How Jimbo Made a Solar Panel out of Coke cans and Giving the Six Trillion Dollar Renewable Energy Market to China
It was 1980 and I was shootin’ the breeze with Jimbo, a maintenance guy at Colorado State University in Fort Collins where I was enrolled. He motioned me over to his old Ford pickup. There in the full-size bed was a four by eight-foot wood box he had built out of two by six scrap lumber and plywood. Jimbo could pass for a mountain man and he always had a story to tell about his homestead in the foothills on the eastern slope just outside of town. He was standing there in his well-worn work shirt, blue Dickies and work boots, with a scuffed up Stanley Tools cap on his head. “Check it out, what do you think?” he asked. I scanned the large wooden box. Glass covered the top showing an array of short black tubes inside.
“After I banged out this frame I attached loops of a garden hose to the bottom of the box and snaked the ends of the hose through holes in the sides. Next, I laid a thin layer of sheet metal over the hose in the bottom of the box. I filled the box full of these Coke cans with the tops cut off, and spray painted them black. Finally, I covered the top of the box with a sheet of plexiglass and sealed it with caulking and trim pieces,” he said. “Who designed it?” I asked. “You’re looking at him,” he said, beaming proudly. “I’m pretty impressed,” I said. “That’s what she said,” he replied, winking.
“The Coke cans’ dark surface area gets hotter ‘n blue blazes and heats the water or antifreeze within the hose in the box almost any time of year,” he said. “So it’s a homemade solar panel? Must get hot in there,” I said. “Oh, that’d fry a freakin’ egg just like that. Tomorrow I am mounting it up on my barn roof!”
I was dumbfounded by Jimbo’s creativity and captivated by the idea of using the sun to heat water. There is something primal about seeing everyday materials such as cheap lumber, cans, hose, glass, and caulking come together to produce energy. Something quite simple but also sophisticated. Of course it wasn’t creating energy, it was just using energy that was already there. He invited me out to his place the following week to check it out. I headed to the outskirts of town one Saturday morning.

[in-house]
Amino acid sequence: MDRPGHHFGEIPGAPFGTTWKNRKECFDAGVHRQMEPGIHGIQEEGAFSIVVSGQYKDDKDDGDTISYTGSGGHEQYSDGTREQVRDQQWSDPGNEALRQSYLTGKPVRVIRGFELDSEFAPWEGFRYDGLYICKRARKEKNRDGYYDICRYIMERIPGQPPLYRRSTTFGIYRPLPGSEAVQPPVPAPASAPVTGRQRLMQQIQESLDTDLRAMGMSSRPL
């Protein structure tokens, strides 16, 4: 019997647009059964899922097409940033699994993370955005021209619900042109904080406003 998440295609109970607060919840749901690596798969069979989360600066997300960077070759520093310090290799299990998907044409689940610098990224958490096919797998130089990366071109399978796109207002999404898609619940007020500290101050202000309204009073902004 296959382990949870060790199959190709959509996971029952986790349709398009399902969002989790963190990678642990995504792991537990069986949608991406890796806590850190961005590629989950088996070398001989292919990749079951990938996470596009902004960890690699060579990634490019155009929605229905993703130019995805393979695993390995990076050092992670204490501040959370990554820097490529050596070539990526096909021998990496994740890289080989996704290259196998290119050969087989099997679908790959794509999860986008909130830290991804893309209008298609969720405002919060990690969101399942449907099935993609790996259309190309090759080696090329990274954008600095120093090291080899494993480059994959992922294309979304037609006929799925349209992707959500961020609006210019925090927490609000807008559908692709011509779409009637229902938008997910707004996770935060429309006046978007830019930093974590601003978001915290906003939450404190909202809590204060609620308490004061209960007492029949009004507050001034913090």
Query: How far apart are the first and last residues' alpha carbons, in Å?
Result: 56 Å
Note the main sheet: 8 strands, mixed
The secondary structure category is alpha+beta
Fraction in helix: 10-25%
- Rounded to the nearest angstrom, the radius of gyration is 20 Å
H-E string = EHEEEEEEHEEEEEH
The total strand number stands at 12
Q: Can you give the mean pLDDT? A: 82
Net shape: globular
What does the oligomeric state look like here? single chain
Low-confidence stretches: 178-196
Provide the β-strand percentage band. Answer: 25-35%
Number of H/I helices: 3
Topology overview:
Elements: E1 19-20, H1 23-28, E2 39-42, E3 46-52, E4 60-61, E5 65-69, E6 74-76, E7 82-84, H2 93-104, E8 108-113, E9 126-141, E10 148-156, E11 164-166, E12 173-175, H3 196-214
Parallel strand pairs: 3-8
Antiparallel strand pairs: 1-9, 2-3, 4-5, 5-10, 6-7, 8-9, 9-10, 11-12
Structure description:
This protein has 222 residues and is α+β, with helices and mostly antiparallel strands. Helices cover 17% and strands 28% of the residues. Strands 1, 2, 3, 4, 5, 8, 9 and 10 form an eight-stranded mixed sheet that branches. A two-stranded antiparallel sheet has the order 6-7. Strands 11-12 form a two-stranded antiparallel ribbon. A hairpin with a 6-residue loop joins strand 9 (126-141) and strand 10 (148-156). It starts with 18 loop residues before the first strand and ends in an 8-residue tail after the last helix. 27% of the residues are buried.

There it was, the wooden box with a glass top looking pretty small sitting up on top of his rustic barn roof. I checked it out from the ground, then headed in to see the water heater mounted below the panel on the second floor of the barn. It was 9 am and the Colorado sun was heating the water to 130 degrees already! At that point it hit me.
This was free energy --free to anyone who wanted to capture it. And unlike nuclear or fossil fuels it didn’t require a huge investment. And it didn’t produce poisons while it produced energy. And it was so cheap to make anyone could afford it. What could be simpler? What could be more obvious?
I thought about the sun providing energy for photosynthesis for algae, plants, and animals, and after billions of years burning the remains of those composted organisms in order to release the sun’s stored energy. Instead of burning concentrated plant and animal remains, why not simply get the energy directly from the sun?
The sun doesn’t shine at night, you say? Solar panels produce DC energy, which is ideal for homes and even businesses who need energy and even heating. In fact, DC power is an up and coming energy source. But don’t thank the U.S. Congress, which subsidize renewables very modestly but fund fossil fuel companies to the tune of $20 billion a year!
Not only did his solar water heater give Jimbo a warm shower any time he wanted it, but it could also provide heat to his living space. He continued to tweak and modify the box with insulation to get more efficiency out of it. Of course, heating water isn’t the only thing you can do with the sun. Cheap photovoltaic panels (PV) can convert sunlight into energy that can be stored in batteries to power houses, cars, and almost anything else with DC current.
A lot has happened in 40 years since the early 1980s. Jimbo has graduated to working for a solar company. The renewable energy market for solar and wind has exploded into a $1.5 billion dollar market globally that will eventually be worth $6 trillion. But it is still under-appreciated in the U.S. At this point solar panels produce electricity cheaper than coal or oil.
Nonetheless, China is leading the charge on solar energy and renewables in general. Congress is still not funding renewable energy research, development, or corporate subsidies like they do with fossil fuels. And according to experts like conservative MIT climatology professor Kerry Emanuel, unless that changes the U.S. will be buying power from China in the future.
Enough talk. I think it’s time we took action. Americans deserve to tap into that six trillion dollar market. Let’s call and email our senators and representatives and let them know that solar energy’s time has come, and it is time for people like Jimbo, you and me to get cheaper, cleaner energy from the sun.